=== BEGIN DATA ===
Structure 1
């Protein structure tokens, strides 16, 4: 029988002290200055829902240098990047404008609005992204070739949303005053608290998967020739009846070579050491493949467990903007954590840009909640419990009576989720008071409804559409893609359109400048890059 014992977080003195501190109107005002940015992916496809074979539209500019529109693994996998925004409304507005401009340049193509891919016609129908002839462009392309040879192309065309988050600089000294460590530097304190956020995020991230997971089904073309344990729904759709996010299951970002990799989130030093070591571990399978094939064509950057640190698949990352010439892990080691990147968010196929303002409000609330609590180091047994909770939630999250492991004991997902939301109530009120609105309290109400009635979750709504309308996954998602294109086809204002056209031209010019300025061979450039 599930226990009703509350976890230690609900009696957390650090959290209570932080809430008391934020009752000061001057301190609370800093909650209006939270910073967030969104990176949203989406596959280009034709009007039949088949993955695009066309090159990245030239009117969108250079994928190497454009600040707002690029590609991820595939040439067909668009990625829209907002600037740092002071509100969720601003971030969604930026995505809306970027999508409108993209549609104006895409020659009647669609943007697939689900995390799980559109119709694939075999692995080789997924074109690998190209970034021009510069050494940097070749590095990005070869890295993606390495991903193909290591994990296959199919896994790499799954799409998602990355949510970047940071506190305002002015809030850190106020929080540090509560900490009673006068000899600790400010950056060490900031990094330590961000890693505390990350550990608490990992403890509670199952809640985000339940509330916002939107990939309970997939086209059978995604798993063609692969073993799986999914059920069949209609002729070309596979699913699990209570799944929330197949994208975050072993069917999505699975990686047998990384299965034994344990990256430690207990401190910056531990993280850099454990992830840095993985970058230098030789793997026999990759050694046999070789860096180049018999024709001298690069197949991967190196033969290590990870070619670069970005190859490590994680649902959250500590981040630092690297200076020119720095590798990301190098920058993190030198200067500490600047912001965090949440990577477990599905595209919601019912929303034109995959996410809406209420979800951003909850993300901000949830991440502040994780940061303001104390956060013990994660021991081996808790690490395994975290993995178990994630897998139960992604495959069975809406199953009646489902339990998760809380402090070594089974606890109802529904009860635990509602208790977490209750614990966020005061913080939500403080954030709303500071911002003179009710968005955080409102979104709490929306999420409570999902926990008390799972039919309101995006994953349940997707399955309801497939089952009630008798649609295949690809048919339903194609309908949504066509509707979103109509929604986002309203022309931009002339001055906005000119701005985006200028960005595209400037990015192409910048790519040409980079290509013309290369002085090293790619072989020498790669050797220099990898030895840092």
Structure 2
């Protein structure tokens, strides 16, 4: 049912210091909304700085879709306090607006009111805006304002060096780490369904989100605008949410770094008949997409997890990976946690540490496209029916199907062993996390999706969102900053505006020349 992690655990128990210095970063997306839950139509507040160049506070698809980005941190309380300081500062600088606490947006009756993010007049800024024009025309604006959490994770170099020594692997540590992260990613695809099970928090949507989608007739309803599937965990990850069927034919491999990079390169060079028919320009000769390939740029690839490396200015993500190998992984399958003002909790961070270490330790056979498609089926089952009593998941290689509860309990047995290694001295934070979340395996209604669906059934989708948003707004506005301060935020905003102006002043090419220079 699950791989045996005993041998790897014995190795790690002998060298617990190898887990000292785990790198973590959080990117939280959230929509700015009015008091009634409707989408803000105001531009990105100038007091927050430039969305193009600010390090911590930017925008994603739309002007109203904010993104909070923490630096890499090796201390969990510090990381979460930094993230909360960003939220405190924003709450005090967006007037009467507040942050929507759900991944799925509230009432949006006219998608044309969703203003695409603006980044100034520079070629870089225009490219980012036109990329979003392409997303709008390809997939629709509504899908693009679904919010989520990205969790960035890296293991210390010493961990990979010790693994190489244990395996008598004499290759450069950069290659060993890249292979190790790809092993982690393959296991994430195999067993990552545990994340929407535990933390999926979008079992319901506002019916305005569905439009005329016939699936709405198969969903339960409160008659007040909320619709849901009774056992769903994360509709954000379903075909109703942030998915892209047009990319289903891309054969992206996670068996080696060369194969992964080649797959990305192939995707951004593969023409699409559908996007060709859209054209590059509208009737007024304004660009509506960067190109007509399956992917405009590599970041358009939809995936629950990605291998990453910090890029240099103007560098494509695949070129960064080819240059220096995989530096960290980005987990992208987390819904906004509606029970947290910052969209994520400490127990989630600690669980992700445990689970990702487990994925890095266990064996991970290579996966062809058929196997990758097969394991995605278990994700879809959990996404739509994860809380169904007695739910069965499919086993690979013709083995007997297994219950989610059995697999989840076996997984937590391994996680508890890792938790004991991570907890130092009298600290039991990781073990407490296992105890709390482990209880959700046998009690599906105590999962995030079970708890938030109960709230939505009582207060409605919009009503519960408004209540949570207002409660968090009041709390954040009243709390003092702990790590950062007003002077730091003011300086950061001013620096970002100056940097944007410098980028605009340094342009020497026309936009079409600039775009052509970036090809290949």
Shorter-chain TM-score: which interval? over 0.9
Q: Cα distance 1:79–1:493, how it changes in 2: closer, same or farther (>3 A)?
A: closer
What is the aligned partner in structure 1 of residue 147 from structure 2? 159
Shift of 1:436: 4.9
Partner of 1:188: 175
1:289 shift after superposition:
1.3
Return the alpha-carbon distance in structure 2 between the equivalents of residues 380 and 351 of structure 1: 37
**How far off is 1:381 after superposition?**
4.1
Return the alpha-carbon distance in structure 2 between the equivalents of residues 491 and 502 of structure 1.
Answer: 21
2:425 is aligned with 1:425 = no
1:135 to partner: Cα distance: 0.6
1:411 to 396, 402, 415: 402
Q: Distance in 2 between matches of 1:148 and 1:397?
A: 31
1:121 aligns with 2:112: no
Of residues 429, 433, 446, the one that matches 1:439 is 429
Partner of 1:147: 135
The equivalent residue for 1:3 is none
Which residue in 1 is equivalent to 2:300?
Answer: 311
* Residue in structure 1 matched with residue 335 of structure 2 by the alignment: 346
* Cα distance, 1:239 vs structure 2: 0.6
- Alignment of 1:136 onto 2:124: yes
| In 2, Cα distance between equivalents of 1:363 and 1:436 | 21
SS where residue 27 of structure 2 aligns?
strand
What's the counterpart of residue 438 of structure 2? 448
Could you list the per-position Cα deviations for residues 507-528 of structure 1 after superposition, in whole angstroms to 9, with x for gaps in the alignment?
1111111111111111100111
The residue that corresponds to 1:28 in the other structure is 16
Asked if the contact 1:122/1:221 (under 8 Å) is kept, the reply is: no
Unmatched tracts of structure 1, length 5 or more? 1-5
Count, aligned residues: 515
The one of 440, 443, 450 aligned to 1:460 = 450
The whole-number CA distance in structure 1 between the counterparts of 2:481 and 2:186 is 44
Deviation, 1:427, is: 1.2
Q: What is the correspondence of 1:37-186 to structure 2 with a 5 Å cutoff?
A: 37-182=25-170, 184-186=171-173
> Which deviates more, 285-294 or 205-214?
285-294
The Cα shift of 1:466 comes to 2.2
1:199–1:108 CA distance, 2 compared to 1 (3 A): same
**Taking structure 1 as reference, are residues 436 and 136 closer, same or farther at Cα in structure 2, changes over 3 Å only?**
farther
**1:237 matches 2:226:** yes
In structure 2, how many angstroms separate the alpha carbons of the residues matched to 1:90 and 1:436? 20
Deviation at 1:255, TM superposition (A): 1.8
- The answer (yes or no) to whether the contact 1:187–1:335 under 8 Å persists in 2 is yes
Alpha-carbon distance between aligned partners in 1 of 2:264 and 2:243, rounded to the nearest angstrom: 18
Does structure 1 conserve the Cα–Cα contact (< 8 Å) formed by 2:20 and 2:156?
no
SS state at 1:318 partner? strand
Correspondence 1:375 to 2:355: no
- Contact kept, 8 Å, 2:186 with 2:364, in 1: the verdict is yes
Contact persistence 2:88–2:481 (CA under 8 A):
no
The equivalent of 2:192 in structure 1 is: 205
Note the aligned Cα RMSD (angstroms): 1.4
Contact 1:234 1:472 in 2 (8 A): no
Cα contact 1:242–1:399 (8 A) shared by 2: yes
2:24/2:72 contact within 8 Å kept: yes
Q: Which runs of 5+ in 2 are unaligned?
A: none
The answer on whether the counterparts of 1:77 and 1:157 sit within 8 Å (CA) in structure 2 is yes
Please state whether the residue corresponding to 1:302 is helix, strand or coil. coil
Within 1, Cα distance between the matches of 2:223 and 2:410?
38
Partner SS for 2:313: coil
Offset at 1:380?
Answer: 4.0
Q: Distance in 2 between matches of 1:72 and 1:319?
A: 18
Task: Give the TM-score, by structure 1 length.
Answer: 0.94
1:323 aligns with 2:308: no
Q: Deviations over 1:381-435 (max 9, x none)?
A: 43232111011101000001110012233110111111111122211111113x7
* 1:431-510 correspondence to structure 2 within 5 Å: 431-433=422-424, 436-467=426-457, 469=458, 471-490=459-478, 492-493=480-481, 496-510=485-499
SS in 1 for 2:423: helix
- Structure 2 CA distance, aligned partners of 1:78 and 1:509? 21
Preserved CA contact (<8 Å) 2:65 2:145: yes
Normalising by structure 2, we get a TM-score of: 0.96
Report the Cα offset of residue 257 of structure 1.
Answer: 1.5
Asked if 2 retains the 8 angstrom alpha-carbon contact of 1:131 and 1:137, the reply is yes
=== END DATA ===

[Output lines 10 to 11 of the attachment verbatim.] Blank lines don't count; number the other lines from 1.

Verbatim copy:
Partner of 1:188: 175
1:289 shift after superposition: